Tuesday, June 28, 2011


Today is a special day. The Greek government is deciding on whether to accept the austerity conditions demanded by the ECB (European Central Bank) and IMF for receiving the next slice of the bailout credit. I am fortunate to be in Greece and see and "feel" the situation in person. General strikes have been called for yesterday and today. In one city and one town I have seen permanent tent cities in public squares to protest. These tent cities are similar to the ones found in Madrid and Barcelona, Spain. There, in Spanish, the protesters are called "Los Indignados", the indignants, the angry ones. These groups across various European countries have united under the motto "Direct Democracy Now" or "Real Democracy Now". The site of the Greek branch of this European wide movement is www.real-democracy.gr/en.

Graffiti is on the walls in many places and flyers posted on many shop windows. They are expressing the feelings of the average people of the street. Where I have been the general strike was a partial one. I had no problem with the public transport and many shops, if not most, were open. One store used the term "Crisis Prices" instead of "Sales" to attract customers. A Greek friend commented that his salary was lowered 20% and that the politicians are discussing to lower it by 20% for a second time. Gas prices have gone from €0.80 to €1.75, i.e. they have more than doubled in a single year. To be truthful I have to say that I was nervous about the decision of the Greek government. I favored a rejection of the credit conditions, but that in turn could be the trigger to a domino effect across nations and economies.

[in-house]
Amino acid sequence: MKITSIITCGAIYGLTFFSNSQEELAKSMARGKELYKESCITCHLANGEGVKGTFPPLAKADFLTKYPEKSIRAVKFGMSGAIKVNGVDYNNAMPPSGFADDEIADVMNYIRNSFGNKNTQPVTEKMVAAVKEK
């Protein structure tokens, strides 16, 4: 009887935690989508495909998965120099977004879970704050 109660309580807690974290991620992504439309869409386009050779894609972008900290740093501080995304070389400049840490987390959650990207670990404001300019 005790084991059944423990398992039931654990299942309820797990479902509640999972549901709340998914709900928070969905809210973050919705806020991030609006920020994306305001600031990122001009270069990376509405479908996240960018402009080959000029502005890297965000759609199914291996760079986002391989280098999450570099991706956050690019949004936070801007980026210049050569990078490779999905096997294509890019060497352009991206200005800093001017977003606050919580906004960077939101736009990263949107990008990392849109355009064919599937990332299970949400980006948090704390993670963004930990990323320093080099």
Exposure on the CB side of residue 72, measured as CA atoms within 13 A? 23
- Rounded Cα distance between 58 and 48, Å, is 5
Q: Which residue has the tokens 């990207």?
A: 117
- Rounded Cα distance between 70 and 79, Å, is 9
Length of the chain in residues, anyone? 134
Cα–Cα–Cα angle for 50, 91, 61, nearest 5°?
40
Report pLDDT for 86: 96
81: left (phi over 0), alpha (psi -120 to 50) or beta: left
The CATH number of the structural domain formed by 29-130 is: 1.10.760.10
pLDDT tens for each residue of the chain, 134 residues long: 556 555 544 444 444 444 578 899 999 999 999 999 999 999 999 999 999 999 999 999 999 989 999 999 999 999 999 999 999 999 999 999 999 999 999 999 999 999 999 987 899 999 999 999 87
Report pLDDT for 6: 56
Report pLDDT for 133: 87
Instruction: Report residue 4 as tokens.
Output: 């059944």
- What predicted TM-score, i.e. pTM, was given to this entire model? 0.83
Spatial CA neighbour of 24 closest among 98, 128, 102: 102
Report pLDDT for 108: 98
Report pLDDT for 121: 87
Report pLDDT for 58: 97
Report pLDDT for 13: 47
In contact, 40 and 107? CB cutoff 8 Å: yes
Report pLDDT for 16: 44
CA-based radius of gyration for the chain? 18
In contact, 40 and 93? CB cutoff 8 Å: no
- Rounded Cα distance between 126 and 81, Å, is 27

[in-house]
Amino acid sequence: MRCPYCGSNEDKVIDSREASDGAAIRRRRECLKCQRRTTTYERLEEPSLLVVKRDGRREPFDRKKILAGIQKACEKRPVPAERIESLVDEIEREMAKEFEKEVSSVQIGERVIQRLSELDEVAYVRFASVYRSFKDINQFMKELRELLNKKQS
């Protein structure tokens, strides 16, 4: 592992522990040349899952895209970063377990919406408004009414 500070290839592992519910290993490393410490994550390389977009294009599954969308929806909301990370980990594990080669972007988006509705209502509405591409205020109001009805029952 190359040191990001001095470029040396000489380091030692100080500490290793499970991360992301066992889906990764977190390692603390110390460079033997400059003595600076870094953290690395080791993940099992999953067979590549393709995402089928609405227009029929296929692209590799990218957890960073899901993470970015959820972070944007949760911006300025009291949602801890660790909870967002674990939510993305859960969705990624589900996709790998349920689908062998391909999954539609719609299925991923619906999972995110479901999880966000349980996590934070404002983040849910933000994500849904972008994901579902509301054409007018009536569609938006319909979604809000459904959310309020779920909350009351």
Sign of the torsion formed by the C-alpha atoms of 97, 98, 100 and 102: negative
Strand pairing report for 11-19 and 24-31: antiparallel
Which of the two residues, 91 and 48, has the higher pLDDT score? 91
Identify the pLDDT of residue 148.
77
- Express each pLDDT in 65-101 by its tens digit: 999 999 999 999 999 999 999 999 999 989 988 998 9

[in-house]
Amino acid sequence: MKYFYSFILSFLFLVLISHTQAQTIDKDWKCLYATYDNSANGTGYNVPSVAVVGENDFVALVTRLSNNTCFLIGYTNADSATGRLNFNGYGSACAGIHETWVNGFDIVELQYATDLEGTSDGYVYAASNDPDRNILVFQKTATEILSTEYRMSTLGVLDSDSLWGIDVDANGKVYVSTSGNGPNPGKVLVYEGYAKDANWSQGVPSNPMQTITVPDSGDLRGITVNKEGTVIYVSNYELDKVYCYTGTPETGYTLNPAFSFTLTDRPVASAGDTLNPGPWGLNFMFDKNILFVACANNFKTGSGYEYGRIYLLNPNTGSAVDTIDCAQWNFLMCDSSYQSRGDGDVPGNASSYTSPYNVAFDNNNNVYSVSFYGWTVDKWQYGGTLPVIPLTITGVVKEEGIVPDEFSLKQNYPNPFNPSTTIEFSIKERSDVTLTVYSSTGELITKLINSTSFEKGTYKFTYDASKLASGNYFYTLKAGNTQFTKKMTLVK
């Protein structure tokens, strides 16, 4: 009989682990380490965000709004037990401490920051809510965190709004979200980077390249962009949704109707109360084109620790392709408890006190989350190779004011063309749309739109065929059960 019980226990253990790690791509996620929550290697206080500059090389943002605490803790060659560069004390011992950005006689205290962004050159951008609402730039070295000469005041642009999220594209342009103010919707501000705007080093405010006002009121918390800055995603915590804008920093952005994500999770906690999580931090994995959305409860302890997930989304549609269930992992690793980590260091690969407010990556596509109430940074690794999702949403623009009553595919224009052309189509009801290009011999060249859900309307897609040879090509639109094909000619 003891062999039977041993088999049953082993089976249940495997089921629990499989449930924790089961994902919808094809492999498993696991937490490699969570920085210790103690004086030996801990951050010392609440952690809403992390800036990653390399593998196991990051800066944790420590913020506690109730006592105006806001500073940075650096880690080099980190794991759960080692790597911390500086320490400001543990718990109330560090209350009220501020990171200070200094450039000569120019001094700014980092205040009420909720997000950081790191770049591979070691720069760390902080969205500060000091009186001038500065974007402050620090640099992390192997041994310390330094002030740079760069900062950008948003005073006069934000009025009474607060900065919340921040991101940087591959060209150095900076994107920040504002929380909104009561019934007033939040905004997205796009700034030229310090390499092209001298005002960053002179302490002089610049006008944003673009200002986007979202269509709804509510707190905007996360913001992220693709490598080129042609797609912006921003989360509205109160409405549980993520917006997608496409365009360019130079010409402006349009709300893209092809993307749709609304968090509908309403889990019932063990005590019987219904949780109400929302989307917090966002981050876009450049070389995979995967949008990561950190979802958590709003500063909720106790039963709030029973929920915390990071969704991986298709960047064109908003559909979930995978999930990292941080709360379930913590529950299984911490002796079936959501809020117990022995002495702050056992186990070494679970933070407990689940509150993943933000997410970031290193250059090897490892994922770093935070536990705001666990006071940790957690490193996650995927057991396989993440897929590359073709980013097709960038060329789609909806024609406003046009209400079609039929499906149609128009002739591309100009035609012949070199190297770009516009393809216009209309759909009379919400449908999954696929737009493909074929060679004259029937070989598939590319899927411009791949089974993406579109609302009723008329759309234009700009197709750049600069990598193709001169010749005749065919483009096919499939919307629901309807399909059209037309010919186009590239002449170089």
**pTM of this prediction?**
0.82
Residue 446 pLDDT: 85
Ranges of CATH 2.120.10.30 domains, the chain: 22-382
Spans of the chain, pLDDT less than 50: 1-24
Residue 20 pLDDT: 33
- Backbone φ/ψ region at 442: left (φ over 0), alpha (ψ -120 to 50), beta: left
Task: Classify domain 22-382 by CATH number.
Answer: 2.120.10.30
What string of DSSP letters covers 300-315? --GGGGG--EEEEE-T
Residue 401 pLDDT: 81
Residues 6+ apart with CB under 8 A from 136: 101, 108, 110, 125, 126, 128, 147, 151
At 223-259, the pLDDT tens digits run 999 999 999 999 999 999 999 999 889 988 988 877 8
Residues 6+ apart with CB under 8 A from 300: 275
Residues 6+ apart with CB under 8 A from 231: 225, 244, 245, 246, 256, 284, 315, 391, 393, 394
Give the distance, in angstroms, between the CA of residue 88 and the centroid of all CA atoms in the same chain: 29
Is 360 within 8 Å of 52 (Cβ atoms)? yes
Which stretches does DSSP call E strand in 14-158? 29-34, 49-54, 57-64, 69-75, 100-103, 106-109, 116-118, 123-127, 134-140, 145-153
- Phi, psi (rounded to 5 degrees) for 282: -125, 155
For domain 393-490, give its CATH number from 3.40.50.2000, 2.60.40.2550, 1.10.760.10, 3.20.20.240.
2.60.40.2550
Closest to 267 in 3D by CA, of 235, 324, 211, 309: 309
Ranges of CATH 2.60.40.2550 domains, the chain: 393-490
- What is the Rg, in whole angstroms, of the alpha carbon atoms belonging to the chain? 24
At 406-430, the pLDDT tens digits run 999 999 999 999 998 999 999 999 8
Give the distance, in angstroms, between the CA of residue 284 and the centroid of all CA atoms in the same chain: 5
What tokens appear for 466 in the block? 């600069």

A Greek friend expressed his view as follows. He sees this as a giant battle between banks and governments. Not only on a Greek scale, but on a global scale. In my mind a picture emerged like a Greek tragedy with elements from the Greek mythology; in my head a picture of two snakes formed, one representing a few elite world bankers, the other snake representing the world's governments. He continued to explain that he sees it as a fight between financial power and the political system. Furthermore he sees it as a sort of pilot project. If the banks win over democracy then they will take the Greek case study and rubber stamp it on other nations worldwide. He sees it as a reference case that will be repeated and replicated in the near future in other countries.

At the end of the day the Greek government accepted the bailout conditions and in my friend's view the political system gave in to the financial powers. My friend was disappointed with the decision. The political system and the Greek people are no more than slaves to the banking system. With the acceptance of the credit slice the problem is not averted, and certainly not solved. Everybody knows that it is just delayed by exactly 3 months until September when the next credit payment is due. So, the whole Greek tragedy will repeat itself shortly. Each time it will be worse. The only question I have is: How often will it repeat itself?

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